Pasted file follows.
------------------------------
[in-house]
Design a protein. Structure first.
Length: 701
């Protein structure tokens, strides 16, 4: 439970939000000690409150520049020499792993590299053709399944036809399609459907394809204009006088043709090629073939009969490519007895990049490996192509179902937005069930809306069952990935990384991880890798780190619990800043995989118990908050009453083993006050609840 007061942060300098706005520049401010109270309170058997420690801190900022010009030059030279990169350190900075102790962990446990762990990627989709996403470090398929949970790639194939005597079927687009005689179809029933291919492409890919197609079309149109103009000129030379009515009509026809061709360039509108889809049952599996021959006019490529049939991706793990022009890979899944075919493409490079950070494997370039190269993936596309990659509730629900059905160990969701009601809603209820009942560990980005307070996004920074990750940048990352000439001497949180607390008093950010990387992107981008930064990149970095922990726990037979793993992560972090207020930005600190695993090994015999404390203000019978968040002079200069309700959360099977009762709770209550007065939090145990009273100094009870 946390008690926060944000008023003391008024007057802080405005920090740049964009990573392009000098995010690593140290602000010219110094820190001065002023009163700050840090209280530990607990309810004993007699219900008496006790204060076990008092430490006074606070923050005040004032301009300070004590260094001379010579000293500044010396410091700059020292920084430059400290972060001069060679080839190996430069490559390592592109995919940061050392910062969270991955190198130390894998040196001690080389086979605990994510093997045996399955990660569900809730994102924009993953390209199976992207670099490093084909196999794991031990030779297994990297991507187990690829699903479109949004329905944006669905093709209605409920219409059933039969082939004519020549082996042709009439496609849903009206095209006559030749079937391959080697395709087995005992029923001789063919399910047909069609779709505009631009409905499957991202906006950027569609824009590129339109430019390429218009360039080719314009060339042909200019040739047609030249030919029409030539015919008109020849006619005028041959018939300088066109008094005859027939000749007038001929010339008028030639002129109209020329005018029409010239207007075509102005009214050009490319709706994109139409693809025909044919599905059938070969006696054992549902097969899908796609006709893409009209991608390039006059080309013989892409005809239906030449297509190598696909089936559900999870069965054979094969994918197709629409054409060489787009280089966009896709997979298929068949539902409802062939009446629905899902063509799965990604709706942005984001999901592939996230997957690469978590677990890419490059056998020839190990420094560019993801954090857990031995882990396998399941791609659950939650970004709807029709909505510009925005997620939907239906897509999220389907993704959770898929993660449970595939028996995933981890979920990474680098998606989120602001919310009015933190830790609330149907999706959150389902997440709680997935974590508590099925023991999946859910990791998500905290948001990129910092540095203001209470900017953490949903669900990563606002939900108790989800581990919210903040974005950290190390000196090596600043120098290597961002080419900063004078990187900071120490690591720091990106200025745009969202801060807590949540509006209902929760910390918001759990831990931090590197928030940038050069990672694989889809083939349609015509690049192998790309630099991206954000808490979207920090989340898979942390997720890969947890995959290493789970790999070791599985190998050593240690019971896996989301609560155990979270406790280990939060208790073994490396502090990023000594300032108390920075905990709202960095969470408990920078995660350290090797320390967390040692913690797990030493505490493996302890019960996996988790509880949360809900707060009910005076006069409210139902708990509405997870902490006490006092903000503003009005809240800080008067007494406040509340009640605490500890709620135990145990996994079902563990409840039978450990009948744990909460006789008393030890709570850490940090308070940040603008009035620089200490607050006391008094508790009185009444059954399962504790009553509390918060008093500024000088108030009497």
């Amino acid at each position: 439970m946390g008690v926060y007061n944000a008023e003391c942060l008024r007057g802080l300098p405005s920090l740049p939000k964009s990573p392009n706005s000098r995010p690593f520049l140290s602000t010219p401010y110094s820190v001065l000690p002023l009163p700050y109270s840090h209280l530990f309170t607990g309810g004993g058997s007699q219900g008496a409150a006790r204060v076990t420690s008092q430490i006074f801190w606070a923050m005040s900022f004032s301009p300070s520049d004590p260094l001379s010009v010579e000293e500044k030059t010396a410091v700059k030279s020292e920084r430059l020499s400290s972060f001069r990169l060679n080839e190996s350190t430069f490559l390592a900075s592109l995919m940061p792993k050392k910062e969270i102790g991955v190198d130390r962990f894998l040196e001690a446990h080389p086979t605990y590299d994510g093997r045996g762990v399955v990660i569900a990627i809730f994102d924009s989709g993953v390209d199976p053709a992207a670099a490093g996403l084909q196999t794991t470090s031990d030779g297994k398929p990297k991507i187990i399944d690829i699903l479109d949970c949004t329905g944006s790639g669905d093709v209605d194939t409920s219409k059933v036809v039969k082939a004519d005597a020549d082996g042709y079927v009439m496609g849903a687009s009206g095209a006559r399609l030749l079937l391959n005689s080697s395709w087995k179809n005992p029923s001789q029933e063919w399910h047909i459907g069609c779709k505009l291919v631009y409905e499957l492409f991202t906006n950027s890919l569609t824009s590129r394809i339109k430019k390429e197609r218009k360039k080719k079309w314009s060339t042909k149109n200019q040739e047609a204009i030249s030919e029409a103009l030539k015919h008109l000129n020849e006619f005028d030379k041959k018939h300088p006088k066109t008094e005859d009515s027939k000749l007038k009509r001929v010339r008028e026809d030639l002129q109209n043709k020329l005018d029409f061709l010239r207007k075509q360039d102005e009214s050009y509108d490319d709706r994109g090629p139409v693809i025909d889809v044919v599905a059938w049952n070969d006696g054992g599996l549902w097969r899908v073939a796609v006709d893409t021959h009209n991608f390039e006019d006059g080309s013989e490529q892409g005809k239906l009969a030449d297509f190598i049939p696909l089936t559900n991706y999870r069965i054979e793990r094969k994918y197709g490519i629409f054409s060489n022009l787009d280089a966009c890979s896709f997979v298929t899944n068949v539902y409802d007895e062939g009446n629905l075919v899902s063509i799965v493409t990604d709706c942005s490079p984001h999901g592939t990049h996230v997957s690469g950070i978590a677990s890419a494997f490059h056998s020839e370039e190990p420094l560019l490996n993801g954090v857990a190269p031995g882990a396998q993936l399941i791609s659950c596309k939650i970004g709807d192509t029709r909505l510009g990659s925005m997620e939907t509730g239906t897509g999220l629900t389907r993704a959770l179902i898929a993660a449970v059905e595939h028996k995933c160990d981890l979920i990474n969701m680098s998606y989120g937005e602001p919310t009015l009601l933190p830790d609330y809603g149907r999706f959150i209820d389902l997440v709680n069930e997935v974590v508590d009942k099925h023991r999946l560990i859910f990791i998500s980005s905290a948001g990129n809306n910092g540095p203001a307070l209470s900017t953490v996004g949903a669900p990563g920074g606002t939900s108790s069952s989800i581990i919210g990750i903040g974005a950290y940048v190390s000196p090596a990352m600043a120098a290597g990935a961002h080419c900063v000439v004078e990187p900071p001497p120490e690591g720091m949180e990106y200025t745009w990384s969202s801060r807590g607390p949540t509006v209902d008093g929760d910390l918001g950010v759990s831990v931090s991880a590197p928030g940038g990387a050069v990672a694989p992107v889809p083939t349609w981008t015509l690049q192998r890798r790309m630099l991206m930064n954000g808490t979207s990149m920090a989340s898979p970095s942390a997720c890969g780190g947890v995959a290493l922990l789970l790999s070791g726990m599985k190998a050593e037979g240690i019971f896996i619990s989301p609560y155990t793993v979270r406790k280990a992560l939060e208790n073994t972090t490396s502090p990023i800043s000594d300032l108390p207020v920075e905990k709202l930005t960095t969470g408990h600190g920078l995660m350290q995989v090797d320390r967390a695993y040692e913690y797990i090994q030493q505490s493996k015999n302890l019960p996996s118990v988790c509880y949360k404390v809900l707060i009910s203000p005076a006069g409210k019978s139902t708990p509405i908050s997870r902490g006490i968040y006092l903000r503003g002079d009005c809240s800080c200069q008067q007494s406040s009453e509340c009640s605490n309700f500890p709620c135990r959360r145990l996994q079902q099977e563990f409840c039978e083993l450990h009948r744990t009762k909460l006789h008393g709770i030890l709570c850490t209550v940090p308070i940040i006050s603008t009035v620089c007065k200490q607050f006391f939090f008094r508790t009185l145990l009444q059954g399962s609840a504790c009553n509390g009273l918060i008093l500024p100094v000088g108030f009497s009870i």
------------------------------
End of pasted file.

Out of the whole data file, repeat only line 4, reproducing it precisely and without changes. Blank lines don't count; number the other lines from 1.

């Protein structure tokens, strides 16, 4: 439970939000000690409150520049020499792993590299053709399944036809399609459907394809204009006088043709090629073939009969490519007895990049490996192509179902937005069930809306069952990935990384991880890798780190619990800043995989118990908050009453083993006050609840 007061942060300098706005520049401010109270309170058997420690801190900022010009030059030279990169350190900075102790962990446990762990990627989709996403470090398929949970790639194939005597079927687009005689179809029933291919492409890919197609079309149109103009000129030379009515009509026809061709360039509108889809049952599996021959006019490529049939991706793990022009890979899944075919493409490079950070494997370039190269993936596309990659509730629900059905160990969701009601809603209820009942560990980005307070996004920074990750940048990352000439001497949180607390008093950010990387992107981008930064990149970095922990726990037979793993992560972090207020930005600190695993090994015999404390203000019978968040002079200069309700959360099977009762709770209550007065939090145990009273100094009870 946390008690926060944000008023003391008024007057802080405005920090740049964009990573392009000098995010690593140290602000010219110094820190001065002023009163700050840090209280530990607990309810004993007699219900008496006790204060076990008092430490006074606070923050005040004032301009300070004590260094001379010579000293500044010396410091700059020292920084430059400290972060001069060679080839190996430069490559390592592109995919940061050392910062969270991955190198130390894998040196001690080389086979605990994510093997045996399955990660569900809730994102924009993953390209199976992207670099490093084909196999794991031990030779297994990297991507187990690829699903479109949004329905944006669905093709209605409920219409059933039969082939004519020549082996042709009439496609849903009206095209006559030749079937391959080697395709087995005992029923001789063919399910047909069609779709505009631009409905499957991202906006950027569609824009590129339109430019390429218009360039080719314009060339042909200019040739047609030249030919029409030539015919008109020849006619005028041959018939300088066109008094005859027939000749007038001929010339008028030639002129109209020329005018029409010239207007075509102005009214050009490319709706994109139409693809025909044919599905059938070969006696054992549902097969899908796609006709893409009209991608390039006059080309013989892409005809239906030449297509190598696909089936559900999870069965054979094969994918197709629409054409060489787009280089966009896709997979298929068949539902409802062939009446629905899902063509799965990604709706942005984001999901592939996230997957690469978590677990890419490059056998020839190990420094560019993801954090857990031995882990396998399941791609659950939650970004709807029709909505510009925005997620939907239906897509999220389907993704959770898929993660449970595939028996995933981890979920990474680098998606989120602001919310009015933190830790609330149907999706959150389902997440709680997935974590508590099925023991999946859910990791998500905290948001990129910092540095203001209470900017953490949903669900990563606002939900108790989800581990919210903040974005950290190390000196090596600043120098290597961002080419900063004078990187900071120490690591720091990106200025745009969202801060807590949540509006209902929760910390918001759990831990931090590197928030940038050069990672694989889809083939349609015509690049192998790309630099991206954000808490979207920090989340898979942390997720890969947890995959290493789970790999070791599985190998050593240690019971896996989301609560155990979270406790280990939060208790073994490396502090990023000594300032108390920075905990709202960095969470408990920078995660350290090797320390967390040692913690797990030493505490493996302890019960996996988790509880949360809900707060009910005076006069409210139902708990509405997870902490006490006092903000503003009005809240800080008067007494406040509340009640605490500890709620135990145990996994079902563990409840039978450990009948744990909460006789008393030890709570850490940090308070940040603008009035620089200490607050006391008094508790009185009444059954399962504790009553509390918060008093500024000088108030009497």